Methods of measurement of viscosity
The viscosity of the fluid can be measured in several ways by devices called viscometers. Such devices measure the time taken by the substance to move or the time required for the object with a given size and density pass through the liquid. The units for this parameter is a Pascal squared.
Factors affecting viscosity
Typically, the liquid consists of large molecules will have a higher viscosity. This is particularly well illustrated by the long chain of substances that are polymers or heavier hydrocarbon compounds. Such molecules typically overlap each other, preventing movement through them.
Another important factor is how molecules interact with each other. Polar compounds can form hydrogen bonds that hold individual molecules together, increasing the total resistance to flow or movement. Although the water molecule is polar, it has a low viscosity due to the fact that its molecules are small enough. The most viscous fluids, usually those that have a stretched molecule, or a strong polarity. Examples include glycerin and propylene glycol.
Temperature has a great influence on the viscosity. Measuring the properties of liquids are depending on temperature. In liquids the viscosity decreases with increasing temperature. This can be seen in the heated syrup or honey. This happens because the molecules move faster and therefore less time in contact with each other. The viscosity of the gas, on the contrary, increases with increasing temperature. This is because the molecules move faster and there are more collisions between them. This increases the flux density.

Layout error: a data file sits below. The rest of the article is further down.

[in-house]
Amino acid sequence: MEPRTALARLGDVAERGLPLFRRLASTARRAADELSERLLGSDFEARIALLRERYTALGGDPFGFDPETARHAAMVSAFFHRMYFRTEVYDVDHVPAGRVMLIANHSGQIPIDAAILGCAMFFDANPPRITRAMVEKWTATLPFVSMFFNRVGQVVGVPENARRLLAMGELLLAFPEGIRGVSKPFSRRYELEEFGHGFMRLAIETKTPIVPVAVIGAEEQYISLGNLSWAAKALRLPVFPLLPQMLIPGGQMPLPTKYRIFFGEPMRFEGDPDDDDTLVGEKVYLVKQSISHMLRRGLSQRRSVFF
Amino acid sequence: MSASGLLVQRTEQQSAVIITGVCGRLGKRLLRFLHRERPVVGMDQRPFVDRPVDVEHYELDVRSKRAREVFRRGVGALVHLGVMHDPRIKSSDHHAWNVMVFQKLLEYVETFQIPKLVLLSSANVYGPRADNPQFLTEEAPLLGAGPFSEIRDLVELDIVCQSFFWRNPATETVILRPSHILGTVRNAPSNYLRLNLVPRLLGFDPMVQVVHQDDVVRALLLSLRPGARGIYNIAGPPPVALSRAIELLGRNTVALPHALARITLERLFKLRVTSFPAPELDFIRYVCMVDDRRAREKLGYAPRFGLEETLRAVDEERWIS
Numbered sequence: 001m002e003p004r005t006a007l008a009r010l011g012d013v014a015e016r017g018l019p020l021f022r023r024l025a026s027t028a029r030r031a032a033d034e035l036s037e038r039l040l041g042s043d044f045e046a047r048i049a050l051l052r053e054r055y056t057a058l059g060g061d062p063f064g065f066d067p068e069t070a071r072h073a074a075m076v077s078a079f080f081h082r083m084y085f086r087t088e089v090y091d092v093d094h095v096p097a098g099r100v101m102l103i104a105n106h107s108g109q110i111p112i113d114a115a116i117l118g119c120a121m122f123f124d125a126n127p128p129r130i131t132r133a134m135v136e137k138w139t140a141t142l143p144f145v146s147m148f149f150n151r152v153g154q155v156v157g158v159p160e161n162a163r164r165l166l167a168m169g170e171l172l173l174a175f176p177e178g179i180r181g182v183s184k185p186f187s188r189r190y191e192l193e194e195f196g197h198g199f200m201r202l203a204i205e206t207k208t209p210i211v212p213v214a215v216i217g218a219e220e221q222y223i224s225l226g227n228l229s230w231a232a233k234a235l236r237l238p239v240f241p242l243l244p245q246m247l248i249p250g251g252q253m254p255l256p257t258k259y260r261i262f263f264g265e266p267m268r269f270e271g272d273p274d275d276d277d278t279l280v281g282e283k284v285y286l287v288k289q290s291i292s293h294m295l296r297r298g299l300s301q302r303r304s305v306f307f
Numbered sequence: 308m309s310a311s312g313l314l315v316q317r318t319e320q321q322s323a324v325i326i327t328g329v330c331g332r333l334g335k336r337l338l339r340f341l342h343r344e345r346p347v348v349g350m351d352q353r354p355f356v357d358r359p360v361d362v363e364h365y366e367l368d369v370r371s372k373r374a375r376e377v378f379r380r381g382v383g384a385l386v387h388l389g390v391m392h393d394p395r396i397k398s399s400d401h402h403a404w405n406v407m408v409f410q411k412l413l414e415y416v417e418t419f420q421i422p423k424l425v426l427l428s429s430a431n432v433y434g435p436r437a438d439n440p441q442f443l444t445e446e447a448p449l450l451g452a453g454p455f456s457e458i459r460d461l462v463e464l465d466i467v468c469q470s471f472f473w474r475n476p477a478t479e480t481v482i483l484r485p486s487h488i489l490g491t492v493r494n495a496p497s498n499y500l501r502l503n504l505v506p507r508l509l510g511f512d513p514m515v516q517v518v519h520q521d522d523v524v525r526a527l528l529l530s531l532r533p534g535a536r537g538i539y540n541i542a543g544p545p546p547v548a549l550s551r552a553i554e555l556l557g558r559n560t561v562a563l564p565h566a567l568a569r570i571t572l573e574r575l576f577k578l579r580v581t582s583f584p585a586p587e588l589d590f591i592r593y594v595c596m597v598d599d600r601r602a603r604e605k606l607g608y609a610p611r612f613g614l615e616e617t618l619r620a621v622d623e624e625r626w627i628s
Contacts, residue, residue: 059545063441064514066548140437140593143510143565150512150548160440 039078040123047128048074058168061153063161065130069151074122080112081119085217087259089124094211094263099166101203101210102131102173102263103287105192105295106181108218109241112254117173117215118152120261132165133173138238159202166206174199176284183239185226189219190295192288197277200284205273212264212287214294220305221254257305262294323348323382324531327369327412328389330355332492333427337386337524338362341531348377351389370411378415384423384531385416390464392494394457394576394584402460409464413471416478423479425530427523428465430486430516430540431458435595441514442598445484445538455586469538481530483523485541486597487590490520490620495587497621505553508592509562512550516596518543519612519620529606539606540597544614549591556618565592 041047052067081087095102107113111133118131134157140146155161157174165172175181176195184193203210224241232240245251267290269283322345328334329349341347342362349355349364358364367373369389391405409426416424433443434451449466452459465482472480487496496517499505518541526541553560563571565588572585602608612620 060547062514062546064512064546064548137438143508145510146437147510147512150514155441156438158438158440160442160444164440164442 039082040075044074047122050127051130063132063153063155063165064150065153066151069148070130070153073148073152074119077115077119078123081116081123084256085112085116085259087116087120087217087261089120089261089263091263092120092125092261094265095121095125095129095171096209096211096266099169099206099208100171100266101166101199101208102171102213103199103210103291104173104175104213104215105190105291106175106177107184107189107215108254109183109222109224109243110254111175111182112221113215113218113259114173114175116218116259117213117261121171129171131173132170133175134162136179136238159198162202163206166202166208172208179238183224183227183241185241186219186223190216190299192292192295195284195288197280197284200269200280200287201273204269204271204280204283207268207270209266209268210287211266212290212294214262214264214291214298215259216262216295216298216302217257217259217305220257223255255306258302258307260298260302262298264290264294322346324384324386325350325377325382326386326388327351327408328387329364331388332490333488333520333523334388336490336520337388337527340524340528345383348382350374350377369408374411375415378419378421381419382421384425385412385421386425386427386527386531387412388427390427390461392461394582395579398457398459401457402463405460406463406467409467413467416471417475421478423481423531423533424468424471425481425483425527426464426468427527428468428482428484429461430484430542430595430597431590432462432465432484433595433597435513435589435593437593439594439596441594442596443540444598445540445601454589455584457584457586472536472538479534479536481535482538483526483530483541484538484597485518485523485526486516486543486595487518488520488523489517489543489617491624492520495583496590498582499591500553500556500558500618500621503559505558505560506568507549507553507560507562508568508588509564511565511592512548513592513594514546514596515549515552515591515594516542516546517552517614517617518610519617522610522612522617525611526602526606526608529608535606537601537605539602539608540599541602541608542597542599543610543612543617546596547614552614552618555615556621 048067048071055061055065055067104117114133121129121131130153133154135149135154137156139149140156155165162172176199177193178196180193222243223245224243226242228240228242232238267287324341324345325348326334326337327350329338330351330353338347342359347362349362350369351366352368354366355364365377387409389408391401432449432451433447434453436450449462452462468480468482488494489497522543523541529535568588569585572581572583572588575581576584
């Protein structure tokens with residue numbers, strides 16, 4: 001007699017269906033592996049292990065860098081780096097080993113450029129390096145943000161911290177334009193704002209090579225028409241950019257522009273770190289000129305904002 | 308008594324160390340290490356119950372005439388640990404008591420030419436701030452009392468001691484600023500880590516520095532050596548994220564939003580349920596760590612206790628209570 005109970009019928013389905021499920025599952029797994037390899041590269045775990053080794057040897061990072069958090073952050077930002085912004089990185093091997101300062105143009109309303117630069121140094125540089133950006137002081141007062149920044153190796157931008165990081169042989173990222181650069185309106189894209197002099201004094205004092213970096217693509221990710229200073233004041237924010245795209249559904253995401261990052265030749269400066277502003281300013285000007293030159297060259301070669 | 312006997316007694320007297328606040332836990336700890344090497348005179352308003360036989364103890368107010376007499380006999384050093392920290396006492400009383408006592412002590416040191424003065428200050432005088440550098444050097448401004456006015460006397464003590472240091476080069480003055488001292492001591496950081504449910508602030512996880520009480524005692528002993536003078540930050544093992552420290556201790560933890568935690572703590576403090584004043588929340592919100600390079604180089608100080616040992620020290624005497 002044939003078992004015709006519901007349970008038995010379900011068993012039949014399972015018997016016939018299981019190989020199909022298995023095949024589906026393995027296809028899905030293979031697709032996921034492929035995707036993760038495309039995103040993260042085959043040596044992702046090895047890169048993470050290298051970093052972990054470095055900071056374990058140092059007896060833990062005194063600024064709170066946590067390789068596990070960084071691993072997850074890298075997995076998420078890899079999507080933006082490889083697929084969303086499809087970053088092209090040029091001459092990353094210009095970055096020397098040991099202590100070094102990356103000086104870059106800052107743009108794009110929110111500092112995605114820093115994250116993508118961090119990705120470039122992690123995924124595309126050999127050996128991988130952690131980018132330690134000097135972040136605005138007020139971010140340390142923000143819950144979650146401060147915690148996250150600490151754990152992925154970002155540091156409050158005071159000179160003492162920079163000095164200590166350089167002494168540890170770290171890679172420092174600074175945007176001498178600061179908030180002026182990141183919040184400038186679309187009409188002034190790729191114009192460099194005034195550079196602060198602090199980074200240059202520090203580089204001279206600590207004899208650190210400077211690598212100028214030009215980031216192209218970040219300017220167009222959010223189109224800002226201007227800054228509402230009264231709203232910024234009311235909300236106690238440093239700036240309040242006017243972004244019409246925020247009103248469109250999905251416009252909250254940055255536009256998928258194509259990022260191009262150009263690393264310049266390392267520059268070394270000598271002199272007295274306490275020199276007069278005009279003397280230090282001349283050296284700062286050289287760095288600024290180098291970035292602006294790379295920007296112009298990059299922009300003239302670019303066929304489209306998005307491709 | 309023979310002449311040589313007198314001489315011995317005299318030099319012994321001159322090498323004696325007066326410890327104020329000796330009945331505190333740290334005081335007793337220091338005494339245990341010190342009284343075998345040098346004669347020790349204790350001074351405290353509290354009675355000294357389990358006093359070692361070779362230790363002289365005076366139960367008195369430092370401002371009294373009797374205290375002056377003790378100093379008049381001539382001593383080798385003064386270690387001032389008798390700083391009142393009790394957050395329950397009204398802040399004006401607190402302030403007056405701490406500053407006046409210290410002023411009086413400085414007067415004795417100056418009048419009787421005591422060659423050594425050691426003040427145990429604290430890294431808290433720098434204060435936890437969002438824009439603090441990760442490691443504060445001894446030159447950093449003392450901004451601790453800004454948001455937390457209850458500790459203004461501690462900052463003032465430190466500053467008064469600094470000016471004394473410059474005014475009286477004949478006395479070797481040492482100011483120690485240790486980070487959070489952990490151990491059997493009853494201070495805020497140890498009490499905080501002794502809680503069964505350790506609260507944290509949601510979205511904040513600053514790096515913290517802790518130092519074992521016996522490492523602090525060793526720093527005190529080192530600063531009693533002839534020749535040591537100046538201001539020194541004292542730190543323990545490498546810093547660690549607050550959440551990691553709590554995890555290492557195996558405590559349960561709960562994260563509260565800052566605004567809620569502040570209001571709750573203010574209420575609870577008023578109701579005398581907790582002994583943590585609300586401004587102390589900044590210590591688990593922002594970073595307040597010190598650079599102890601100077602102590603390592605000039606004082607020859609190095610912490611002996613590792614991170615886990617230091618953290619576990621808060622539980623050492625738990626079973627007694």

Importance to the industry
Crude oil often moves large distances between regions with different temperatures. Therefore, the flow speed and pressure changes over time. Oil, which flows through Siberia is more viscous than oil pipelines in the Persian Gulf. In connection with the differences in ambient temperature should be different and the pressure in the pipes to make it flow. To solve this problem in the first tube filled with a special oil which has an almost zero coefficient of internal resistance. This method limits the contact of oil with the inner surface of the pipe. The viscosity of oil also varies with the temperature difference. To improve its performance in oil add polymers that prevent thickening and mixing with the oil.